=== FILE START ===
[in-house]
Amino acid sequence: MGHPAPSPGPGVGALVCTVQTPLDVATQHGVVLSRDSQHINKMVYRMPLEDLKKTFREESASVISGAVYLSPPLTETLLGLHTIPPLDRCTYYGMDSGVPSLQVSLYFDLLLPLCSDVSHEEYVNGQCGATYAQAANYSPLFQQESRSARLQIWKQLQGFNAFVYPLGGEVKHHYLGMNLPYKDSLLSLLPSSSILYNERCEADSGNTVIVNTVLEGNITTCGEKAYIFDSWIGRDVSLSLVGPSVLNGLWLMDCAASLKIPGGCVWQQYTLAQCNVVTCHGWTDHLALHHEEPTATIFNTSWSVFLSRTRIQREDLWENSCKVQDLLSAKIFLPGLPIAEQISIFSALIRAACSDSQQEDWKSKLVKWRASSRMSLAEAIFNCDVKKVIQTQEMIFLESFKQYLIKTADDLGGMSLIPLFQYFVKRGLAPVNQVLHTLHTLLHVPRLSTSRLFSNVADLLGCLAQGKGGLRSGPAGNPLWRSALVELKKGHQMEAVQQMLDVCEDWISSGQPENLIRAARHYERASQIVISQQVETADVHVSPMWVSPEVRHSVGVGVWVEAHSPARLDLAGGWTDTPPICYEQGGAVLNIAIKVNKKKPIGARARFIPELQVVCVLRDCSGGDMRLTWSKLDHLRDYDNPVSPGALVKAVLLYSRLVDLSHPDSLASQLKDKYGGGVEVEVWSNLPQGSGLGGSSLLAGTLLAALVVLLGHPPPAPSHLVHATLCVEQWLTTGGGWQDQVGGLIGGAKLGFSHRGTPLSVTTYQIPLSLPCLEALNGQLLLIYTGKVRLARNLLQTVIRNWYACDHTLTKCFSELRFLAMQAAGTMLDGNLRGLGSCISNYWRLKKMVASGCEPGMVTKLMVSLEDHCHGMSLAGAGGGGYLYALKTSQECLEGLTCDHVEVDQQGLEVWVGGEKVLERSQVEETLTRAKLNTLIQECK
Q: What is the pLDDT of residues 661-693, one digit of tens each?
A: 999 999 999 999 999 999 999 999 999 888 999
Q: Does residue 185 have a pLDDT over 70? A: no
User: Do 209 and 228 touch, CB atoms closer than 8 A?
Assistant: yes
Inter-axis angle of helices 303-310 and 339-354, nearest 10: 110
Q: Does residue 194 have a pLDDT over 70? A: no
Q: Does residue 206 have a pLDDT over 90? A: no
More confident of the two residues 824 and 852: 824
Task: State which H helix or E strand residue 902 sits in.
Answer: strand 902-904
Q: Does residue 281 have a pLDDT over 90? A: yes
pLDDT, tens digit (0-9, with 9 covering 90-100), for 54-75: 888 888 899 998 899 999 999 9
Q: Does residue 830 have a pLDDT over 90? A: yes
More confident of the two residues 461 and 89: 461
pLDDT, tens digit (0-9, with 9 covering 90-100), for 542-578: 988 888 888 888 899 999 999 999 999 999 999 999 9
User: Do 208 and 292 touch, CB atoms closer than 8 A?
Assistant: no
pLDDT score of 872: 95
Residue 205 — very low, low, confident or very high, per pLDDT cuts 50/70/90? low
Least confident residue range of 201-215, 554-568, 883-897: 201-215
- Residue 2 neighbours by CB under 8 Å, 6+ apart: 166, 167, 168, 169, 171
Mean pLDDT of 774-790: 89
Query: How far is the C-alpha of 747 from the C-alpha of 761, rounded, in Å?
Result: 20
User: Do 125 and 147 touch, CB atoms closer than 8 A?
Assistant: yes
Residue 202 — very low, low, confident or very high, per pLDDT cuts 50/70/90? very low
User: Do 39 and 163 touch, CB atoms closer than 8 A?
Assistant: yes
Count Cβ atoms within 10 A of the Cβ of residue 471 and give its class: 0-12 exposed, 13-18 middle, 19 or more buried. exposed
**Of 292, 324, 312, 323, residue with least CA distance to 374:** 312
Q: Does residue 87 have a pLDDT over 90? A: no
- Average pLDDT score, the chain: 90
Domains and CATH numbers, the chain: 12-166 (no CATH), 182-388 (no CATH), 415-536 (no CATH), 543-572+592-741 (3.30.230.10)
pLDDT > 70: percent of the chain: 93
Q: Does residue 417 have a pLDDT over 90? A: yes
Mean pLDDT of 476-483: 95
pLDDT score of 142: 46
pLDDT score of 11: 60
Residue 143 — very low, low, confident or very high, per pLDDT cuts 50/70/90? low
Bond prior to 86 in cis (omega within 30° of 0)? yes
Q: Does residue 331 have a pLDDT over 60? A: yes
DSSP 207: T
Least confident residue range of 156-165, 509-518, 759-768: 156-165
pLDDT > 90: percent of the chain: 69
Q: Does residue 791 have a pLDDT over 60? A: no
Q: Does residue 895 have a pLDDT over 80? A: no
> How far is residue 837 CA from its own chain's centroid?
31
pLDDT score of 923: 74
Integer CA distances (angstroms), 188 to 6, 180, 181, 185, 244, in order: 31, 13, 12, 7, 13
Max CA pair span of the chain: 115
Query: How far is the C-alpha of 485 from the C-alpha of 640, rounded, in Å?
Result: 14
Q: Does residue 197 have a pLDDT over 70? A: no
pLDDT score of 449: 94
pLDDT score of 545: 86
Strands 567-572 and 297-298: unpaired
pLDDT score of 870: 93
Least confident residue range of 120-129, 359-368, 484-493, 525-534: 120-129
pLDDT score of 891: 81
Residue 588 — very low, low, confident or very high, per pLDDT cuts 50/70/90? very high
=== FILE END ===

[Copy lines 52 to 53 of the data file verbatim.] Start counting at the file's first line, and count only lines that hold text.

31
pLDDT score of 923: 74